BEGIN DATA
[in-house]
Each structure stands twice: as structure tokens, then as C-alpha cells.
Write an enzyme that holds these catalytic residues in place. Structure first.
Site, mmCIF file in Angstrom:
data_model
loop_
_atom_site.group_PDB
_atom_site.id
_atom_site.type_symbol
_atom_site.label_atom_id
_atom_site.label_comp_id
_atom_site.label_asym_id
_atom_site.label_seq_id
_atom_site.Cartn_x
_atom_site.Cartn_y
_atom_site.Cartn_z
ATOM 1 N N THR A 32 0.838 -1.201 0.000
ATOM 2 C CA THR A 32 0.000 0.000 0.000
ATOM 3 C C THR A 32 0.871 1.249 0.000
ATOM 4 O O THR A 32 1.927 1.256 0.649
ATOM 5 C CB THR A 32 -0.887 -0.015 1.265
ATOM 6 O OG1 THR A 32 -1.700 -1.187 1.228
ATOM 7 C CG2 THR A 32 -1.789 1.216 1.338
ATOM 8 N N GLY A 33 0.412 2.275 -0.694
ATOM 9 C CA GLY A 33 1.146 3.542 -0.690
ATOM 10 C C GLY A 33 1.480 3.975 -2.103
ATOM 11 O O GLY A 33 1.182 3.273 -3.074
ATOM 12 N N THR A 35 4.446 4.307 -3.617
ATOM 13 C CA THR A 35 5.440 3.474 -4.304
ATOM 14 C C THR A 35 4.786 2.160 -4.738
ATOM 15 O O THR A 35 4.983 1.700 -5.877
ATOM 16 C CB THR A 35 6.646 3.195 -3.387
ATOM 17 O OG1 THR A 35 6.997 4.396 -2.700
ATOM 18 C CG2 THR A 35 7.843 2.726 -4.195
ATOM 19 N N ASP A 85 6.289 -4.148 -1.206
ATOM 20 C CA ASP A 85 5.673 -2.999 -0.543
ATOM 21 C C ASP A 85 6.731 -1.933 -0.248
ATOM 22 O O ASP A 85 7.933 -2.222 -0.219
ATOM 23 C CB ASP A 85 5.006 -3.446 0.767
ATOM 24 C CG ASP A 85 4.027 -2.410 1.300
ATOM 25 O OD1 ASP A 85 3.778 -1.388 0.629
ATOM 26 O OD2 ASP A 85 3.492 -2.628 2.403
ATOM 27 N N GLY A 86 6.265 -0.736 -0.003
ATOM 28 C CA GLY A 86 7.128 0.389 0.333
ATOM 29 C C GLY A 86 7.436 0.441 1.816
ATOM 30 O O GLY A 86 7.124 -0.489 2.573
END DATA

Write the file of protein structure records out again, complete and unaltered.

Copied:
[in-house]
Each structure stands twice: as structure tokens, then as C-alpha cells.
Write an enzyme that holds these catalytic residues in place. Structure first.
Site, mmCIF file in Angstrom:
data_model
loop_
_atom_site.group_PDB
_atom_site.id
_atom_site.type_symbol
_atom_site.label_atom_id
_atom_site.label_comp_id
_atom_site.label_asym_id
_atom_site.label_seq_id
_atom_site.Cartn_x
_atom_site.Cartn_y
_atom_site.Cartn_z
ATOM 1 N N THR A 32 0.838 -1.201 0.000
ATOM 2 C CA THR A 32 0.000 0.000 0.000
ATOM 3 C C THR A 32 0.871 1.249 0.000
ATOM 4 O O THR A 32 1.927 1.256 0.649
ATOM 5 C CB THR A 32 -0.887 -0.015 1.265
ATOM 6 O OG1 THR A 32 -1.700 -1.187 1.228
ATOM 7 C CG2 THR A 32 -1.789 1.216 1.338
ATOM 8 N N GLY A 33 0.412 2.275 -0.694
ATOM 9 C CA GLY A 33 1.146 3.542 -0.690
ATOM 10 C C GLY A 33 1.480 3.975 -2.103
ATOM 11 O O GLY A 33 1.182 3.273 -3.074
ATOM 12 N N THR A 35 4.446 4.307 -3.617
ATOM 13 C CA THR A 35 5.440 3.474 -4.304
ATOM 14 C C THR A 35 4.786 2.160 -4.738
ATOM 15 O O THR A 35 4.983 1.700 -5.877
ATOM 16 C CB THR A 35 6.646 3.195 -3.387
ATOM 17 O OG1 THR A 35 6.997 4.396 -2.700
ATOM 18 C CG2 THR A 35 7.843 2.726 -4.195
ATOM 19 N N ASP A 85 6.289 -4.148 -1.206
ATOM 20 C CA ASP A 85 5.673 -2.999 -0.543
ATOM 21 C C ASP A 85 6.731 -1.933 -0.248
ATOM 22 O O ASP A 85 7.933 -2.222 -0.219
ATOM 23 C CB ASP A 85 5.006 -3.446 0.767
ATOM 24 C CG ASP A 85 4.027 -2.410 1.300
ATOM 25 O OD1 ASP A 85 3.778 -1.388 0.629
ATOM 26 O OD2 ASP A 85 3.492 -2.628 2.403
ATOM 27 N N GLY A 86 6.265 -0.736 -0.003
ATOM 28 C CA GLY A 86 7.128 0.389 0.333
ATOM 29 C C GLY A 86 7.436 0.441 1.816
ATOM 30 O O GLY A 86 7.124 -0.489 2.573